Soulless: The Case Against R. Kelly by Jim DeRogatis (Abrams, $26, 9781419740077) explores decades of a musician's abuse of underage women.

Naturally Tan: A Memoir by Tan France (St. Martin's Press, $27.99, 9781250208668) is a memoir by a cast member of Netflix's Queer Eye.

The Plaza: The Secret Life of America's Most Famous Hotel by Julie Satow (Twelve, $29, 9781455566679) explores the history of the Plaza Hotel in New York City.

The Targeter: My Life in the CIA, Hunting Terrorists and Challenging the White House by Nada Bakos and Davin Coburn (Little, Brown, $29, 9780316260473) is the memoir of a CIA targeting officer.

Fall; or, Dodge in Hell: A Novel by Neal Stephenson (Morrow, $35, 9780062458711) combines science-fiction and epic fantasy into a story about digitized consciousness.

This Storm by James Ellroy (Knopf, $29.95, 9780307957009) is a mystery set in 1942 Los Angeles.

The Electric Hotel: A Novel by Dominic Smith (Sarah Crichton, $27, 9780374146856) is historical fiction about a washed up silent filmmaker living in Los Angeles.

Montauk: A Novel by Nicola Harrison (St. Martin's Press, $27.99, 9781250200112) takes place in 1938 Long Island, where a wife feels estranged from her busy husband.

The Rest of the Story by Sarah Dessen (HarperCollins/Balzer + Bray, $19.99, 9780062933621) follows a young woman as she spends her summer learning about her deceased mother and her own roots.

Sorcery of Thorns by Margaret Rogerson (S&S/McElderry, $17.99, 9781481497619) features a teen raised in a magical library who is framed for a terrible crime.

Calypso by David Sedaris (Back Bay, $17.99, 9780316392426).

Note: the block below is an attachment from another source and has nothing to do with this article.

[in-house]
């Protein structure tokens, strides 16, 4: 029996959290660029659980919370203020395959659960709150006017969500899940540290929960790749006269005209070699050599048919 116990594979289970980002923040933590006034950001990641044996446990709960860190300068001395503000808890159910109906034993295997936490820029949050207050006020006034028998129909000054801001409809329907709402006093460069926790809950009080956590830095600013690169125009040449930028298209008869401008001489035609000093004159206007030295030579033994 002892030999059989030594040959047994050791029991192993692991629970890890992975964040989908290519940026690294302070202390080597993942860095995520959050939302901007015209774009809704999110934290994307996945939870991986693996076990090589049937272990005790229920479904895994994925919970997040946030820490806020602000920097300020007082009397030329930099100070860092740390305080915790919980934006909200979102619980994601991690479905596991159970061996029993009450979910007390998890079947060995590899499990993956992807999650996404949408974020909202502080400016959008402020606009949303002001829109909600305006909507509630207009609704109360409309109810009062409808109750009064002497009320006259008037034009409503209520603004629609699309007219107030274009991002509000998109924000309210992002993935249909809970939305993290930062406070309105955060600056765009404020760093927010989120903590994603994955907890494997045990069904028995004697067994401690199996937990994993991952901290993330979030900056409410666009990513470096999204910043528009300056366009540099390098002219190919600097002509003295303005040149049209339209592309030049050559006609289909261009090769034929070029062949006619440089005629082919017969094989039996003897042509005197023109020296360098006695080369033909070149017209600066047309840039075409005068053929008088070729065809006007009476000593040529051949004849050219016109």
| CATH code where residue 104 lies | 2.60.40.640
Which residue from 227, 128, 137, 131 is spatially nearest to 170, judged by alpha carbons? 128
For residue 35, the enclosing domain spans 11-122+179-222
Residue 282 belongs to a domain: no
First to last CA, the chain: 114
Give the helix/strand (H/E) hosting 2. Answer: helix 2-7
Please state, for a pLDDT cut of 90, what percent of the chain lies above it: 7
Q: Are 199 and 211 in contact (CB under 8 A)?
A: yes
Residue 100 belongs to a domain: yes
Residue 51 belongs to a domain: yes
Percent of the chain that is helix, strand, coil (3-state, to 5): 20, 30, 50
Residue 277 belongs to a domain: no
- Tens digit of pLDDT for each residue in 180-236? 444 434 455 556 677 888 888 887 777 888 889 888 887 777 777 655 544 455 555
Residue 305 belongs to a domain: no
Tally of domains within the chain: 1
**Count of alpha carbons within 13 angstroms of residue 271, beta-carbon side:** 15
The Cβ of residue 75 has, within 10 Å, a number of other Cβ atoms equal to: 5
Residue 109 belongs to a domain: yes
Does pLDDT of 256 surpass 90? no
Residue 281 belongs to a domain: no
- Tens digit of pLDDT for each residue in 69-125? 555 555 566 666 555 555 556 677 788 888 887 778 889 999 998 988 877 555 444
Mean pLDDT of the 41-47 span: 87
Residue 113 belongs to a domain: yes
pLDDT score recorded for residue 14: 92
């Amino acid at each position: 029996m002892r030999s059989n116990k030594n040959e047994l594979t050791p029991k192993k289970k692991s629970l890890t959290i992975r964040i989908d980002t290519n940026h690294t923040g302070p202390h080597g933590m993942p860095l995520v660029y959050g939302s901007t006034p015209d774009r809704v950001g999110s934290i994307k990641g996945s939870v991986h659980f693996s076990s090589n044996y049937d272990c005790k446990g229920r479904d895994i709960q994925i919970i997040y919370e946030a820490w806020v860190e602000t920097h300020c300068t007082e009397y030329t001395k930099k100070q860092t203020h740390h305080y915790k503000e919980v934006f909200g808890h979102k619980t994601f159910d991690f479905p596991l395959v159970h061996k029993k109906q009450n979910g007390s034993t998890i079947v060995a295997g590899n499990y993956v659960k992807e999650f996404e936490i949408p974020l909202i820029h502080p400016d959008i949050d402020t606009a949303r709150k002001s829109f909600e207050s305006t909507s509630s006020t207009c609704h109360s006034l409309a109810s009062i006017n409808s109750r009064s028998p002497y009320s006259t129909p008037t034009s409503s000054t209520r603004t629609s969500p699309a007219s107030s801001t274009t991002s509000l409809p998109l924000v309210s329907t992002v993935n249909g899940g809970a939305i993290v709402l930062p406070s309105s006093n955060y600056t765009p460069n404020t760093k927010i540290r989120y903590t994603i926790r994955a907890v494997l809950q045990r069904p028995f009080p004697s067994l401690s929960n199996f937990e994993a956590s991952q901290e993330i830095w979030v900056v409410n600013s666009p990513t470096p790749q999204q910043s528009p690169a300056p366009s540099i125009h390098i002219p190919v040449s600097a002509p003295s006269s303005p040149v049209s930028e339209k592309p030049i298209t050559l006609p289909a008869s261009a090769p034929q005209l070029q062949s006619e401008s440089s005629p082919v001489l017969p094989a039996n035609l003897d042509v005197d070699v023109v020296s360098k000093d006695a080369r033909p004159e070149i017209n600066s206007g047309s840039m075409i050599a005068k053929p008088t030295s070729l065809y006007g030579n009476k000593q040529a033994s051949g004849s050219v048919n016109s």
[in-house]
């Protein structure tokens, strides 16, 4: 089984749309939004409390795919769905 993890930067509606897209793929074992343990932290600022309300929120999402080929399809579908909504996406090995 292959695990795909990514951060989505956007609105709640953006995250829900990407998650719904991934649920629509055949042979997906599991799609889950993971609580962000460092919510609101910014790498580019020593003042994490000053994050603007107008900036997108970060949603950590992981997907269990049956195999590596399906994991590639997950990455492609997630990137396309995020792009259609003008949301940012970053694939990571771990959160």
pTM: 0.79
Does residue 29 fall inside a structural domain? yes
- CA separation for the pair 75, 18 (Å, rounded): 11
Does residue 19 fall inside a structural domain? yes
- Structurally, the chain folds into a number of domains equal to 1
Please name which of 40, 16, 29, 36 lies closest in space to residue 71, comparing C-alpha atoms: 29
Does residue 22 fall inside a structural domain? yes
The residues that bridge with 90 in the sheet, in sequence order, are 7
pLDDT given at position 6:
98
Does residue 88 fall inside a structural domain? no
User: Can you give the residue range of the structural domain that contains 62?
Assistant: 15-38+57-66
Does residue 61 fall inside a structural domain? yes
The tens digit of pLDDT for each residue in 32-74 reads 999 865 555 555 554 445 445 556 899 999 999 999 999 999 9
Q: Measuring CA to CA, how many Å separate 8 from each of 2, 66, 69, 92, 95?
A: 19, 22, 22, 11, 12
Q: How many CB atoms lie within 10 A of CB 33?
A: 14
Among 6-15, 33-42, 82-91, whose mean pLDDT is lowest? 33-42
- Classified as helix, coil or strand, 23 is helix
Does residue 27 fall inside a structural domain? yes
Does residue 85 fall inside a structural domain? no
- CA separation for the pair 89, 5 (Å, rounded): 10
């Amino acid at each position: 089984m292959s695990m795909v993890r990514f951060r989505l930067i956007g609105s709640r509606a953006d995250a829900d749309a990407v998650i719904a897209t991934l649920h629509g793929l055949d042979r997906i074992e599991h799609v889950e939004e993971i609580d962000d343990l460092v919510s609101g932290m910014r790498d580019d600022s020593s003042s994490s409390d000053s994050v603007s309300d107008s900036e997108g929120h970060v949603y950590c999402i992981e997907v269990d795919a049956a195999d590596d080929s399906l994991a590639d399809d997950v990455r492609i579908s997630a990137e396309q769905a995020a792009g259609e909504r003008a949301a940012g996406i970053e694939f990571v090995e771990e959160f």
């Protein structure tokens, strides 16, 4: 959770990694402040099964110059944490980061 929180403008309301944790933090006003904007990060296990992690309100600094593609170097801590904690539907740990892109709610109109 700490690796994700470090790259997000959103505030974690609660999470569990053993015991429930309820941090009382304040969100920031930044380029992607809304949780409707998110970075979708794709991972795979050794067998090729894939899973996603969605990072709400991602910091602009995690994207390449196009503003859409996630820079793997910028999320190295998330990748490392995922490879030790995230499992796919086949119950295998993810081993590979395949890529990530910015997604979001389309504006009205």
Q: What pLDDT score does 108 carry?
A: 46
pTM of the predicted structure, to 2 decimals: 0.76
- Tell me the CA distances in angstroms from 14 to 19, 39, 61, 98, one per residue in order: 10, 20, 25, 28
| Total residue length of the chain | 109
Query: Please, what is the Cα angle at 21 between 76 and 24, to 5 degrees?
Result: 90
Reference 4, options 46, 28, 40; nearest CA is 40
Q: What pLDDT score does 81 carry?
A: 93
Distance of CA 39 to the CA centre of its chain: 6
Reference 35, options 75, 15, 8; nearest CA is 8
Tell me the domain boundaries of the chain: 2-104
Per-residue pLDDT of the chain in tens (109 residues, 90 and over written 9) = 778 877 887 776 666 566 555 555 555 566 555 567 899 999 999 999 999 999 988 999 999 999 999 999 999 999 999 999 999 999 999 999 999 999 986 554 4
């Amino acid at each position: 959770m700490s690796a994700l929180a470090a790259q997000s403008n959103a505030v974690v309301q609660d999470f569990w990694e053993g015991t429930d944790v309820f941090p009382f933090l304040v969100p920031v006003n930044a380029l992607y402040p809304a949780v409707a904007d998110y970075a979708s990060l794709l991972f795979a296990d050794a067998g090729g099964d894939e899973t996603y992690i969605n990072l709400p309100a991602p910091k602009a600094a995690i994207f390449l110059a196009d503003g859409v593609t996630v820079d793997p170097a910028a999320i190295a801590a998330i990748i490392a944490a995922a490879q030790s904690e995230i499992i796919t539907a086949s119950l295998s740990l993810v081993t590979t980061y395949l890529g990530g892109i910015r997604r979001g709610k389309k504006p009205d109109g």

Ayesha at Last by Uzma Jalaluddin (Berkley, $16, 9781984802798).

Exposed by Jean-Philippe Blondel, translated by Alison Anderson (New Vessel Press, $16.95, 9781939931672).

IndieBound: Other Indie Favorites

From last week's Indie bestseller lists, available at, here are the recommended titles, which are also Indie Next Great Reads:

Rules for Visiting: A Novel by Jessica Francis Kane (Penguin Press, $26, 9780525559221). "A skillful writer can show how things that seem unrelated are actually intertwined. In this way, Kane quietly reminds us that friendships and plants may be deeply rooted but need tending to bloom completely, that words matter, that going back to their roots may change how we think about what we say, and that a quiet life can be a full one. This gentle book grows on you (the puns just keep coming), but it is a refreshing change from the stresses of our digital age or the angst of so many recent books about contemporary life. Entertaining and erudite, I highly recommend this book." --Ann Carlson, Waterfront Books, Georgetown, S.C.

Rough Magic: Riding the World's Loneliest Horse Race by Lara Prior-Palmer (Catapult, $25, 9781948226196). "Lara Prior-Palmer's journey in the Mongol Derby is one of excitement, pain, and profound inner dialogue. There was not a moment in this fast-paced memoir where my attention wavered. Prior-Palmer weaves a coming-of-age tale with expert grace and worldly knowledge alongside an intensely riveting competition against herself and the land. Rough Magic is a fantastically written and introspective memoir worthy of great praise." --Travis McGuire, Skylark Bookshop, Columbia, Mo.

The Book of Essie: A Novel by Meghan MacLean Weir (Vintage, $16, 9780525436072). "The Book of Essie is a captivating debut. The original plot moves at lightning speed while giving the reader characters to hang on to, care for, and sympathize with. The novel focuses on 16-year-old Essie Hicks, a star on a reality TV show following her preacher father and her ultra-religious, conservative family. When Essie finds out she is pregnant, she must protect herself and her future in the face of public scorn. I couldn't stop turning the pages to see what would happen to Essie and Roarke, the boy Essie's mother has decided she will marry in a primetime, live-televised wedding. Weir proves herself to be a brilliant new talent with a sensitive but unflinching take on child exploitation and life in the public eye. A must-read!" --Liv Stratman, Books Are Magic, Brooklyn, N.Y.

For Ages 4 to 8
Little Taco Truck by Tanya Valentine, illustrated by Jorge Martin (Schwartz & Wade, $17.99, 9781524765859). "Hey, everyone! THIS is how capitalism should work! Let's all make space, work together, and celebrate diversity! FANTASTICO!" --Tegan Tigani, Queen Anne Book Company, Seattle, Wash.

For Ages 9 to 12